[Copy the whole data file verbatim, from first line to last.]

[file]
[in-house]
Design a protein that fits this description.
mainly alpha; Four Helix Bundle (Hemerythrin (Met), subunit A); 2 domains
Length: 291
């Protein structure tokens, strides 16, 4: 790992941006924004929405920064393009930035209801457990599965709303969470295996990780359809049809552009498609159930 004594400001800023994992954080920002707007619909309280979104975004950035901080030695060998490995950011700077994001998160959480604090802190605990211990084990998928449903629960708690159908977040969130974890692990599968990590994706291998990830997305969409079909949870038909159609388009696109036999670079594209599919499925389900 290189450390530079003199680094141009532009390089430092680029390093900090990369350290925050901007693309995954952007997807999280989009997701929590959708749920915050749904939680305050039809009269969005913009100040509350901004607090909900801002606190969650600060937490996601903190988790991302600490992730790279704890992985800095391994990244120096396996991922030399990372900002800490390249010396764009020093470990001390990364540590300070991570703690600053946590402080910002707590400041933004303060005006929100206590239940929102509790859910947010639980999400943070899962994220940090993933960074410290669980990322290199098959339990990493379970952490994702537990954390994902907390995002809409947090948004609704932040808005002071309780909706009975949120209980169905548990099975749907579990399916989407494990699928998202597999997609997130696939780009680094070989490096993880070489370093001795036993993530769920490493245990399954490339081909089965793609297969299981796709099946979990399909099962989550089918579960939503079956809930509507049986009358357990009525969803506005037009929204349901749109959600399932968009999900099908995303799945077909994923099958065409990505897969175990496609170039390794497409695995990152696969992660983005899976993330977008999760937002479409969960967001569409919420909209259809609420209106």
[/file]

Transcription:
[in-house]
Design a protein that fits this description.
mainly alpha; Four Helix Bundle (Hemerythrin (Met), subunit A); 2 domains
Length: 291
């Protein structure tokens, strides 16, 4: 790992941006924004929405920064393009930035209801457990599965709303969470295996990780359809049809552009498609159930 004594400001800023994992954080920002707007619909309280979104975004950035901080030695060998490995950011700077994001998160959480604090802190605990211990084990998928449903629960708690159908977040969130974890692990599968990590994706291998990830997305969409079909949870038909159609388009696109036999670079594209599919499925389900 290189450390530079003199680094141009532009390089430092680029390093900090990369350290925050901007693309995954952007997807999280989009997701929590959708749920915050749904939680305050039809009269969005913009100040509350901004607090909900801002606190969650600060937490996601903190988790991302600490992730790279704890992985800095391994990244120096396996991922030399990372900002800490390249010396764009020093470990001390990364540590300070991570703690600053946590402080910002707590400041933004303060005006929100206590239940929102509790859910947010639980999400943070899962994220940090993933960074410290669980990322290199098959339990990493379970952490994702537990954390994902907390995002809409947090948004609704932040808005002071309780909706009975949120209980169905548990099975749907579990399916989407494990699928998202597999997609997130696939780009680094070989490096993880070489370093001795036993993530769920490493245990399954490339081909089965793609297969299981796709099946979990399909099962989550089918579960939503079956809930509507049986009358357990009525969803506005037009929204349901749109959600399932968009999900099908995303799945077909994923099958065409990505897969175990496609170039390794497409695995990152696969992660983005899976993330977008999760937002479409969960967001569409919420909209259809609420209106």